4.8 Long-distance commuting

In Australia, many mines operate fly-in, fly-out (FIFO) or long-distance commuting (LDC) arrangements in which employees live some distance from an operation, mostly in coastal areas, and commute inland to work. Although the social impacts of LDC operations on surrounding areas are likely to be less than for residentially based operations, that does not absolve LDC operations from responsibility for supporting locally focused community development initiatives.

Many of the communities in the vicinity of such operations are economically and socially disadvantaged and have large Indigenous populations. From a business case perspective, contributing to the development of these communities will make it easier to negotiate access to land in the future and help to deflect criticisms that remote and regional areas derive little or no benefit from LDC mining operations. Development strategies that may be suitable in this context include providing employment and training opportunities for local people, offering flexible transport arrangements (buses, local flights) to enable them to work at the mine, facilitating the establishment of local enterprises (such as small-scale tourism ventures) and partnering with other organisations to address priority needs of people living in the area.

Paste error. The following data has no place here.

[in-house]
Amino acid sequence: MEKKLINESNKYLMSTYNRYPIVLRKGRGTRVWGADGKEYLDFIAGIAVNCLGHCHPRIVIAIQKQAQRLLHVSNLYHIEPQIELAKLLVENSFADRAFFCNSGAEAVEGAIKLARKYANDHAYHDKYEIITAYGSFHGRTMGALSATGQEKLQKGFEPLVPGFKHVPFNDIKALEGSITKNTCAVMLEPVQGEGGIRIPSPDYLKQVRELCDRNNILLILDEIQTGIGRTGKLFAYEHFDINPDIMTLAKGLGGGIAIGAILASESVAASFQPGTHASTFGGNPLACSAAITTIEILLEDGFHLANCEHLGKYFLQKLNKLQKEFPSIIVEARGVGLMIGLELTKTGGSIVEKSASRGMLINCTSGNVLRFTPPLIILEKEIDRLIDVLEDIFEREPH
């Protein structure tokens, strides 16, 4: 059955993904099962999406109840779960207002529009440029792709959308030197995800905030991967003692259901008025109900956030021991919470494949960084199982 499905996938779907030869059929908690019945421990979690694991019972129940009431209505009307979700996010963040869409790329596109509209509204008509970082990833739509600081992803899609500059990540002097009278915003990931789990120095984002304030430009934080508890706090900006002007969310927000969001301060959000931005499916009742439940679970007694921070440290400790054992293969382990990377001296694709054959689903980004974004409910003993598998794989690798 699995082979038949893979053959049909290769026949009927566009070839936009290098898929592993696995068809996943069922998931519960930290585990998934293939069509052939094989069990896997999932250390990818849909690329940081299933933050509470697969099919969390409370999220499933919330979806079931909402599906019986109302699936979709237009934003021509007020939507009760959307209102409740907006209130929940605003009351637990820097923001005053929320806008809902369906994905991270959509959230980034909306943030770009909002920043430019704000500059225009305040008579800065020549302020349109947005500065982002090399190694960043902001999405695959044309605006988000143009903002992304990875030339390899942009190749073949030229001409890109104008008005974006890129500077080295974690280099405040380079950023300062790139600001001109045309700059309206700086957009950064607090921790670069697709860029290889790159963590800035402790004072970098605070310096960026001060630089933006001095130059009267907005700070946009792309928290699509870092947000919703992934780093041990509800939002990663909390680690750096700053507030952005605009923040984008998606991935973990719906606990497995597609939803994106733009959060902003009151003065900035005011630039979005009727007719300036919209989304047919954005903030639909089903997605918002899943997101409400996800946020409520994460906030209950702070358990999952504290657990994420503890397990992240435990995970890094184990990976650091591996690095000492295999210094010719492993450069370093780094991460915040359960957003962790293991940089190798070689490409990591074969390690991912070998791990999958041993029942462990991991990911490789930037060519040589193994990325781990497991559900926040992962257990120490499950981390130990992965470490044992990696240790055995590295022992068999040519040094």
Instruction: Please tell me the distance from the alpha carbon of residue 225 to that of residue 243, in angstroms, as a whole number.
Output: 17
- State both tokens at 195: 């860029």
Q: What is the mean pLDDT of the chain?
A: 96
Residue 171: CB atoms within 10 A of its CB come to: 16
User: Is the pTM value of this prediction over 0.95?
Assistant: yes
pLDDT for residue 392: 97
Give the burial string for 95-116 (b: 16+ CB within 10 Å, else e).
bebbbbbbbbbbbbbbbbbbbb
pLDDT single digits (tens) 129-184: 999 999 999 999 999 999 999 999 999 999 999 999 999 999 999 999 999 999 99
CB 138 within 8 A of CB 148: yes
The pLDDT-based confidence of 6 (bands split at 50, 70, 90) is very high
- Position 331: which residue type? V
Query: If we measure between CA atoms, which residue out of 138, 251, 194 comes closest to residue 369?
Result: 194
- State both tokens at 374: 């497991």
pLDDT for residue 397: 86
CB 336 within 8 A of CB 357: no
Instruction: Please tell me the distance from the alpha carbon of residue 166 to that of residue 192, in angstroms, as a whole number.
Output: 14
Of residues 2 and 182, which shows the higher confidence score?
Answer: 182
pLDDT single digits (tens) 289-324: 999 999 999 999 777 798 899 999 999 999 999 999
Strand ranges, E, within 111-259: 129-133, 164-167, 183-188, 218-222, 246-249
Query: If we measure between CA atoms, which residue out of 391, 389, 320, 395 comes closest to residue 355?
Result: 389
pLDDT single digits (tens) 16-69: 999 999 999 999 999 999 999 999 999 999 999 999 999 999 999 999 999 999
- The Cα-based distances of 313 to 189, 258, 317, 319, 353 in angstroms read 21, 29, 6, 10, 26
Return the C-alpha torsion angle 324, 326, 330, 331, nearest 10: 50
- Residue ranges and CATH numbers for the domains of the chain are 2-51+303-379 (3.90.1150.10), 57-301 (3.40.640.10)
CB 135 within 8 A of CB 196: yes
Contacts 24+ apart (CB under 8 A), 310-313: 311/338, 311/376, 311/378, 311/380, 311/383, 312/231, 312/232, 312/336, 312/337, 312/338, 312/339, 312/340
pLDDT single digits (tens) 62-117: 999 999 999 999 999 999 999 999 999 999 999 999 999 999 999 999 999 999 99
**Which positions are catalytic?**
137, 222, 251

A great deal of research has been done on the costs and benefits of FIFO and LDC in recent years, including through a federal parliamentary inquiry in 2013. Researchers have concluded that LDC arrangements can be beneficial or detrimental to individuals and communities, depending on whether they are engaged in the process or merely suffer the impacts. LDC is expected to continue in the mining industry in Australia

[i]n part because of the pace of change within the mining industry and also because of employee preferences about where they and their families live. Mining operations do and will require different mixes of residential and non-residential living arrangements. It is essential that government at all levels and mining companies work with communities to ensure timely and adequate planning is undertaken before projects commence the construction phase. (Haslam McKenzie et al. 2012b:4)

Once again, early community engagement and participatory planning are the recommendations for producing optimal community development results. The recommendations for collaborative management of cumulative impacts outlined in Section 3.3.5 also apply here.

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